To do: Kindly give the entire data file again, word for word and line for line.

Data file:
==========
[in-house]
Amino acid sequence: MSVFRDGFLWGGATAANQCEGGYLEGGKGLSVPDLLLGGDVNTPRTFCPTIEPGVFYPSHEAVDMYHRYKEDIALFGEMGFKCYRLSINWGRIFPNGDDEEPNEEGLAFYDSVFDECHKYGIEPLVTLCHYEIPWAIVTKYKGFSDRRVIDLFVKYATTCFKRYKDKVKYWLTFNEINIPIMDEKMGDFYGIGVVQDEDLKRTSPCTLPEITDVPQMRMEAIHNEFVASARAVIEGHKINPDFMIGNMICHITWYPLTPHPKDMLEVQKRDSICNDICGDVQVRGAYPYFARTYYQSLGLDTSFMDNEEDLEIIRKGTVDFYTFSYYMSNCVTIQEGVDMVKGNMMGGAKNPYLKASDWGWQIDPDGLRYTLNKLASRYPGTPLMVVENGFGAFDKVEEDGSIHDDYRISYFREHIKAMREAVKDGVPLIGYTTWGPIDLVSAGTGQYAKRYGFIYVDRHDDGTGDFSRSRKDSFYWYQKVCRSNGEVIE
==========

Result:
[in-house]
Amino acid sequence: MSVFRDGFLWGGATAANQCEGGYLEGGKGLSVPDLLLGGDVNTPRTFCPTIEPGVFYPSHEAVDMYHRYKEDIALFGEMGFKCYRLSINWGRIFPNGDDEEPNEEGLAFYDSVFDECHKYGIEPLVTLCHYEIPWAIVTKYKGFSDRRVIDLFVKYATTCFKRYKDKVKYWLTFNEINIPIMDEKMGDFYGIGVVQDEDLKRTSPCTLPEITDVPQMRMEAIHNEFVASARAVIEGHKINPDFMIGNMICHITWYPLTPHPKDMLEVQKRDSICNDICGDVQVRGAYPYFARTYYQSLGLDTSFMDNEEDLEIIRKGTVDFYTFSYYMSNCVTIQEGVDMVKGNMMGGAKNPYLKASDWGWQIDPDGLRYTLNKLASRYPGTPLMVVENGFGAFDKVEEDGSIHDDYRISYFREHIKAMREAVKDGVPLIGYTTWGPIDLVSAGTGQYAKRYGFIYVDRHDDGTGDFSRSRKDSFYWYQKVCRSNGEVIE